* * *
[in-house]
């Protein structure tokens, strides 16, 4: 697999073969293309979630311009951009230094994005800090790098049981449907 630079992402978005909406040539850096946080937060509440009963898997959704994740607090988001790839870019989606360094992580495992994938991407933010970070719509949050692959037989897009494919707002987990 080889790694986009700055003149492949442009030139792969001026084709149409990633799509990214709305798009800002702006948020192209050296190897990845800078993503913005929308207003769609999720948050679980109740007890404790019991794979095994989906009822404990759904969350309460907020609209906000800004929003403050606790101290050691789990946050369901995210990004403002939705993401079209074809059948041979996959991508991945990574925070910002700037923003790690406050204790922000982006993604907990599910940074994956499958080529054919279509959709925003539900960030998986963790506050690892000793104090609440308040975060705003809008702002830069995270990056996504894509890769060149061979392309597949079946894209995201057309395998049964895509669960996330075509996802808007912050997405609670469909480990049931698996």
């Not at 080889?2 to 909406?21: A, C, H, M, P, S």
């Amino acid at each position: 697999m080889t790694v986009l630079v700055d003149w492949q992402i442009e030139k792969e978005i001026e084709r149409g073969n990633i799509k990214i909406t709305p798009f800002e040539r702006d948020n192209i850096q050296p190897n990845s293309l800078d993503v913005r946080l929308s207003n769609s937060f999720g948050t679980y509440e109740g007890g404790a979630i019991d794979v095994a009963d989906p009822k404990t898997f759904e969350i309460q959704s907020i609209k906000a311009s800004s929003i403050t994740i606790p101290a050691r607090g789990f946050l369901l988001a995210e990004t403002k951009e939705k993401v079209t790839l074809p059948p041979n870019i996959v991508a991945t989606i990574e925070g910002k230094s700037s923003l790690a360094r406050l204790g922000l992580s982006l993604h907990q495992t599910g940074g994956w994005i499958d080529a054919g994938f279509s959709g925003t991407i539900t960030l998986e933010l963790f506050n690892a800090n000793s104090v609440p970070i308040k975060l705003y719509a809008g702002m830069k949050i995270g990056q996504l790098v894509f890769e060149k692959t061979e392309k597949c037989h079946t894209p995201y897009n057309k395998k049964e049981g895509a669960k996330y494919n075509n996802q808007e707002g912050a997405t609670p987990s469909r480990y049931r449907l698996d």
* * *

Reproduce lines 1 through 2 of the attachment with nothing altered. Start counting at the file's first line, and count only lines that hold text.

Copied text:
[in-house]
């Protein structure tokens, strides 16, 4: 697999073969293309979630311009951009230094994005800090790098049981449907 630079992402978005909406040539850096946080937060509440009963898997959704994740607090988001790839870019989606360094992580495992994938991407933010970070719509949050692959037989897009494919707002987990 080889790694986009700055003149492949442009030139792969001026084709149409990633799509990214709305798009800002702006948020192209050296190897990845800078993503913005929308207003769609999720948050679980109740007890404790019991794979095994989906009822404990759904969350309460907020609209906000800004929003403050606790101290050691789990946050369901995210990004403002939705993401079209074809059948041979996959991508991945990574925070910002700037923003790690406050204790922000982006993604907990599910940074994956499958080529054919279509959709925003539900960030998986963790506050690892000793104090609440308040975060705003809008702002830069995270990056996504894509890769060149061979392309597949079946894209995201057309395998049964895509669960996330075509996802808007912050997405609670469909480990049931698996």